The story is told mainly from the vantage point of Joe Rantz, a teenager without family or prospects, who rows not only to regain his shattered self-regard, but also, to find a real place for himself in the world. At a time when rowing- or crew- was dominated by the elite East Coast Universities, the Washington boat was filled with boys who were the sons of loggers, shipyard workers and farmers. No one expected them boys-in-the-boat-2to triumph over the elite East Coast teams and Great Britain, but they went on to challenge the German boat rowing for Adolf Hitler, winning gold by six-tenths of a second! In spite of knowing the outcome of the race at the onset, the story was still gripping and exciting as the boys overcame huge obstacles to win.

Although none of us know much about rowing, we were much more informed by the end of the book: the 8 man shell has 9 men in it, the ninth man being the small coxswain who determines the pace of the rowers. Each chapter started with a semi philosophical quote by George Yeoman Pocock, Washington’s magical boat craftsman/builder.  Brown interwove a lot of interesting facts about the depression era, as well as the Nazi actions and preparations for the Olympics through the story which all found very interesting. We learned that bringing the Olympic flame to the games was an idea conceived by Leni Riefenstahl, Hitler’s favored cinematographer who was to film the Olympics. Added to the good footage she had already gotten of the gold medal race, Riefenstahl got the 3 top teams to row again the next day with her cameramen in the place of the coxswain and first seat to add close-ups to her overall footage. The resulting film, Olympia, was a masterpiece of innovative filming and earned Riefenstahl worldwide accolades. All in all, everyone liked the book but some thought it was too detailed in the middle and would have been stronger if its 400 pages had been cut down somewhat.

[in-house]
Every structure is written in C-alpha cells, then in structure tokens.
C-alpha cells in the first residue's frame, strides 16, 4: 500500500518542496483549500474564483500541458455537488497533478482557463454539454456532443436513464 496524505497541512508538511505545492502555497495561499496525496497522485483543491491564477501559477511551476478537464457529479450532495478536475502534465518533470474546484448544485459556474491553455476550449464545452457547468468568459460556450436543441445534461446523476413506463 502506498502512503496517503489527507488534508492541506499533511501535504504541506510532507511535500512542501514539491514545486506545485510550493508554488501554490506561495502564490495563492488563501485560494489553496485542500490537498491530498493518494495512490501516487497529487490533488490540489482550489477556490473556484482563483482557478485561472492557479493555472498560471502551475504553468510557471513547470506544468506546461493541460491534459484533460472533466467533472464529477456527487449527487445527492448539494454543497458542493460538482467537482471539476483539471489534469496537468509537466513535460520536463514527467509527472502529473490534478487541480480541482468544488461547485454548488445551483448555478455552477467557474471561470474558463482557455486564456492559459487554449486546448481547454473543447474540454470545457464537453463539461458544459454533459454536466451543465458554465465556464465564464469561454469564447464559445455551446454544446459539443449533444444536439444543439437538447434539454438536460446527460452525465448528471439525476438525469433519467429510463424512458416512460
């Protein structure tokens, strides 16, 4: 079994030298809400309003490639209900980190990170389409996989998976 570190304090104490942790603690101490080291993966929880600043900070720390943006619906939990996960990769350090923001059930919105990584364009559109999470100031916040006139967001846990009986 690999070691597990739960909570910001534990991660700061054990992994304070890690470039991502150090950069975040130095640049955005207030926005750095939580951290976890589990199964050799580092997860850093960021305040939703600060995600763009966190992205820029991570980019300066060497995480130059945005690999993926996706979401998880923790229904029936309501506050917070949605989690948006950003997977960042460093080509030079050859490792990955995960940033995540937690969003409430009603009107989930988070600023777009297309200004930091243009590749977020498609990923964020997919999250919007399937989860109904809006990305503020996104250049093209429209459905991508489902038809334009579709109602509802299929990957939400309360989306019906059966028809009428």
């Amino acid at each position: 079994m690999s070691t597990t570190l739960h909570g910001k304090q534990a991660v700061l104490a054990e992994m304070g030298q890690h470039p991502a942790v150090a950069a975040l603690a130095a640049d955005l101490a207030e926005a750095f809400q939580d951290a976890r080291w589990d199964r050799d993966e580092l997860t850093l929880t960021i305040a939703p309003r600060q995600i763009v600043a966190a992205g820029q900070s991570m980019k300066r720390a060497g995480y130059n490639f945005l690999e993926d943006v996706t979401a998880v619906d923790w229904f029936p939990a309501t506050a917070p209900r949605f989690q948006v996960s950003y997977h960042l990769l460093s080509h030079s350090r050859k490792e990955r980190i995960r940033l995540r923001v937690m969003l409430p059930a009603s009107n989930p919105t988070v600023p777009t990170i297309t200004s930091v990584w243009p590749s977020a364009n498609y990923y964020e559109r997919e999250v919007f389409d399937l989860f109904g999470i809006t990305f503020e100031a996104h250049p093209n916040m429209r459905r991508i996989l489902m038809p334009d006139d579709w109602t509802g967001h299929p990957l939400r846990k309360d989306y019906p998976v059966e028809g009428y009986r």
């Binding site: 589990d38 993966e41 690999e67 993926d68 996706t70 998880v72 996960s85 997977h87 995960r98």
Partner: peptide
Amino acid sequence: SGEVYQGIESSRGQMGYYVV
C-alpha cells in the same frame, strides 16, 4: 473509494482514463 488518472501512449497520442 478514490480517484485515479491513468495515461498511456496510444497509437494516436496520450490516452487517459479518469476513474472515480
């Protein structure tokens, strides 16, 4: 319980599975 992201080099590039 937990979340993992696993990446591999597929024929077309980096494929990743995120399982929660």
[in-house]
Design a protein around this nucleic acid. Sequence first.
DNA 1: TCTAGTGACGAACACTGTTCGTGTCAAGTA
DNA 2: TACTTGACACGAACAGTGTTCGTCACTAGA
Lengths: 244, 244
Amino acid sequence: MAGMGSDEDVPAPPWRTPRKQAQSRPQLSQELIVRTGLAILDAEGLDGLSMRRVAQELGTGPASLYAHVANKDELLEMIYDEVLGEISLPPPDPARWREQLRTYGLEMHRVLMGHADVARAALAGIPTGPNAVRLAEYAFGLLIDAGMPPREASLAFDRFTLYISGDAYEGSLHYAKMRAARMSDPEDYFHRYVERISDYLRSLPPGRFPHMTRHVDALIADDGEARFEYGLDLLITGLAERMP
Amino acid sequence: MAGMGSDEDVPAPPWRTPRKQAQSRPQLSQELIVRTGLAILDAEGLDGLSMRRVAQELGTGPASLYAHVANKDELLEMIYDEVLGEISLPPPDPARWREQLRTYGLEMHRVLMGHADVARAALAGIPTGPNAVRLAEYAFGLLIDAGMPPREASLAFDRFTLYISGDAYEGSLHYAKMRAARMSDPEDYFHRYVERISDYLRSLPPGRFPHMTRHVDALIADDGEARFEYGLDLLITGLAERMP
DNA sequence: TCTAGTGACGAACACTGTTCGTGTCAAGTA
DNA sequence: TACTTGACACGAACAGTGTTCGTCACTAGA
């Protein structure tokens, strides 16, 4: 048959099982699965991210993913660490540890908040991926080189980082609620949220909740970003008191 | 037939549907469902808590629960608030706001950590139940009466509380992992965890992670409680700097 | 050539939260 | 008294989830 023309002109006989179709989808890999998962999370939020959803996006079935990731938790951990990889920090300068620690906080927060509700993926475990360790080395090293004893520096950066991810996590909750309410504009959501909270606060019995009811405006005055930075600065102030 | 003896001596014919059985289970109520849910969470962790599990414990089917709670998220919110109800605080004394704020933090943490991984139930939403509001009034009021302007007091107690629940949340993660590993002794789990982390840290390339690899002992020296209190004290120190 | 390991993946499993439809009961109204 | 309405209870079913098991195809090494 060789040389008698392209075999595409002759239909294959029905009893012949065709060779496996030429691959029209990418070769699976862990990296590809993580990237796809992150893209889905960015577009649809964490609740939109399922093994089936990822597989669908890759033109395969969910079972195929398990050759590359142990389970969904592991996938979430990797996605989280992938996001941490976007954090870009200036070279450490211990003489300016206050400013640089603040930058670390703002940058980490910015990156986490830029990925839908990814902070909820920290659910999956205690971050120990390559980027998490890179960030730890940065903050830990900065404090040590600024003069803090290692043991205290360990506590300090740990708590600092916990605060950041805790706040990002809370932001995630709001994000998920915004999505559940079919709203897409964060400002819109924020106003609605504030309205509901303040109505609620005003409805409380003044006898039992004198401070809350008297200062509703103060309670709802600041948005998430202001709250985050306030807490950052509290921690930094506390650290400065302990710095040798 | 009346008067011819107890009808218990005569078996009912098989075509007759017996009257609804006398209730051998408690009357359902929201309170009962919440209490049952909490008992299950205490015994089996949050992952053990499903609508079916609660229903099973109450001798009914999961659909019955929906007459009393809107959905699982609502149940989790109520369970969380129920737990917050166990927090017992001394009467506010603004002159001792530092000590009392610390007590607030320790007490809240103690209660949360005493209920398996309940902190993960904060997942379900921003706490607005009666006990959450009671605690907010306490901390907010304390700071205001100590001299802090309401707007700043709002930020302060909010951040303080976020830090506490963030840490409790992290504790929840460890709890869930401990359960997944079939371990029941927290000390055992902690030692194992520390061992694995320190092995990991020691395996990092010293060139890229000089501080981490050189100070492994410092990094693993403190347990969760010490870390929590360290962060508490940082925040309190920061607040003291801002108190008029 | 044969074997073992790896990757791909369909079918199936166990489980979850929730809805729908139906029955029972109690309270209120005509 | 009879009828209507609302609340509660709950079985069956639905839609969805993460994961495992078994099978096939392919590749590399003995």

boys-in-the-boatBy happy coincidence, I happened to be in Seattle, Washington this past summer visiting a good friend. She had also read the book and suggested a trip to the University of Washington where the Husky Clipper – the 1936 Olympic 8man shell – hangs suspended from the ceiling in the dining commons above the Shell House.  It was amazing to see the long, light and thin boat and marvel at the history I now knew she contained!

(On a side note, Riefenstahl’s Olympia is still considered a classic film and it’s available for rental at Cinnicitta (Willem II straat). I plan to organize an evening for those interested to watch together – be on the lookout for an invitation. )

Focus on Communication and Membership Development

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Mala Raman

After a two year hiatus, I’m happy to be back on the TIC Board taking over our online activities from Thijs and spearheading some much needed initiatives in the areas of Communication & Membership Development.

Tilburg International Club has come a long way from its start in 2007.  Over the years I’ve contributed in various capacities and have enjoyed seeing the club from all different perspectives. I’m back now in a new role to help further develop our online presence and support the growth of our membership base.

This year, one our priorities is to create a stronger online awareness of our club, events, goals and attractive membership benefits through Facebook (feel free to visit now!), Twitter @tilintclub and, of course, our own Tilburg International Club website. We would love the help and encouragement of our members and club friends.  You can help us by:

  • frequently visiting our website
  • joining our Twitter feed
  • “liking” our Website and Facebook posts
  • commenting on posts
  • sharing posts on your timeline
  • sharing posts on the timeline of friend who would enjoy reading about our activities

Another major effort will be in the area of recruitment to reach even more internationals in and around the Tilburg area.  Our club has improved the quality as well as the variety of its events.  We pride ourselves on offering a well-rounded assortment of workshops, outings, social gatherings and Dutch-oriented, cultural and educational lectures.  As such, we would love to be able to share all of this with expats who may not know about our club yet.  You can help out by: